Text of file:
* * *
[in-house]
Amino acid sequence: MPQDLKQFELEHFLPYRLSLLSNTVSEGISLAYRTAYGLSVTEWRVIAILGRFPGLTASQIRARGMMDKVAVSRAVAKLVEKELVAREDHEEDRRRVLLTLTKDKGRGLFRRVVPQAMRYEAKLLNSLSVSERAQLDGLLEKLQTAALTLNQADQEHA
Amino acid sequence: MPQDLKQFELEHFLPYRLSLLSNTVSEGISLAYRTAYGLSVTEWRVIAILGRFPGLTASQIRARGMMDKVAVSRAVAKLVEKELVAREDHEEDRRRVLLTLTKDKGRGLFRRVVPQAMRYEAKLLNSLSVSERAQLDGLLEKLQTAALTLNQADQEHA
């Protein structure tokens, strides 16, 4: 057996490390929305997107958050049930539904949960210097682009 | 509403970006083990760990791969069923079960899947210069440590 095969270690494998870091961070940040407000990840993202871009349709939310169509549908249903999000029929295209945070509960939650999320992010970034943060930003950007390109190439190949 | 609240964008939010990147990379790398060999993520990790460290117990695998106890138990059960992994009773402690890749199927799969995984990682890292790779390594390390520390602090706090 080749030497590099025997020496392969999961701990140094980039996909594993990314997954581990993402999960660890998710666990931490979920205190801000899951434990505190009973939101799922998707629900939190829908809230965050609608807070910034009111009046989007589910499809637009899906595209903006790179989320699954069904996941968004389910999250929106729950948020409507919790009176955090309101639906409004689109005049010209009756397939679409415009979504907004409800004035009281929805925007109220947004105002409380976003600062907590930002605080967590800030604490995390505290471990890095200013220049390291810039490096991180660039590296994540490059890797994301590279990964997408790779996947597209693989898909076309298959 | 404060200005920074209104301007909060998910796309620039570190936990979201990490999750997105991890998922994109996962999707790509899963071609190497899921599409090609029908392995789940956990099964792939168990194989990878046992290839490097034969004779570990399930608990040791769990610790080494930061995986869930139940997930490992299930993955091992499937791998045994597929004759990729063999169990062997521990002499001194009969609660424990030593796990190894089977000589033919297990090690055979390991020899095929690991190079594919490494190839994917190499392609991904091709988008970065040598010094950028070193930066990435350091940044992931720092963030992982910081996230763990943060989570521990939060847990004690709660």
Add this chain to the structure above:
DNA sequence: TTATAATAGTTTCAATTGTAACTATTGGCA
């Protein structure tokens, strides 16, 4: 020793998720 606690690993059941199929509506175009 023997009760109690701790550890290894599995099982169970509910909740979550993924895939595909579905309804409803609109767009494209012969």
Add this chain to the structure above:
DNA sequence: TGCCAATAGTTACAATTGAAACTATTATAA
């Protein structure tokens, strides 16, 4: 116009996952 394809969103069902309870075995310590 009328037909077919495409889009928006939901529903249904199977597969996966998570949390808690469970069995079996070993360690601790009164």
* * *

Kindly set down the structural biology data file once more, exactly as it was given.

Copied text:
[in-house]
Amino acid sequence: MPQDLKQFELEHFLPYRLSLLSNTVSEGISLAYRTAYGLSVTEWRVIAILGRFPGLTASQIRARGMMDKVAVSRAVAKLVEKELVAREDHEEDRRRVLLTLTKDKGRGLFRRVVPQAMRYEAKLLNSLSVSERAQLDGLLEKLQTAALTLNQADQEHA
Amino acid sequence: MPQDLKQFELEHFLPYRLSLLSNTVSEGISLAYRTAYGLSVTEWRVIAILGRFPGLTASQIRARGMMDKVAVSRAVAKLVEKELVAREDHEEDRRRVLLTLTKDKGRGLFRRVVPQAMRYEAKLLNSLSVSERAQLDGLLEKLQTAALTLNQADQEHA
């Protein structure tokens, strides 16, 4: 057996490390929305997107958050049930539904949960210097682009 | 509403970006083990760990791969069923079960899947210069440590 095969270690494998870091961070940040407000990840993202871009349709939310169509549908249903999000029929295209945070509960939650999320992010970034943060930003950007390109190439190949 | 609240964008939010990147990379790398060999993520990790460290117990695998106890138990059960992994009773402690890749199927799969995984990682890292790779390594390390520390602090706090 080749030497590099025997020496392969999961701990140094980039996909594993990314997954581990993402999960660890998710666990931490979920205190801000899951434990505190009973939101799922998707629900939190829908809230965050609608807070910034009111009046989007589910499809637009899906595209903006790179989320699954069904996941968004389910999250929106729950948020409507919790009176955090309101639906409004689109005049010209009756397939679409415009979504907004409800004035009281929805925007109220947004105002409380976003600062907590930002605080967590800030604490995390505290471990890095200013220049390291810039490096991180660039590296994540490059890797994301590279990964997408790779996947597209693989898909076309298959 | 404060200005920074209104301007909060998910796309620039570190936990979201990490999750997105991890998922994109996962999707790509899963071609190497899921599409090609029908392995789940956990099964792939168990194989990878046992290839490097034969004779570990399930608990040791769990610790080494930061995986869930139940997930490992299930993955091992499937791998045994597929004759990729063999169990062997521990002499001194009969609660424990030593796990190894089977000589033919297990090690055979390991020899095929690991190079594919490494190839994917190499392609991904091709988008970065040598010094950028070193930066990435350091940044992931720092963030992982910081996230763990943060989570521990939060847990004690709660």
Add this chain to the structure above:
DNA sequence: TTATAATAGTTTCAATTGTAACTATTGGCA
């Protein structure tokens, strides 16, 4: 020793998720 606690690993059941199929509506175009 023997009760109690701790550890290894599995099982169970509910909740979550993924895939595909579905309804409803609109767009494209012969």
Add this chain to the structure above:
DNA sequence: TGCCAATAGTTACAATTGAAACTATTATAA
């Protein structure tokens, strides 16, 4: 116009996952 394809969103069902309870075995310590 009328037909077919495409889009928006939901529903249904199977597969996966998570949390808690469970069995079996070993360690601790009164």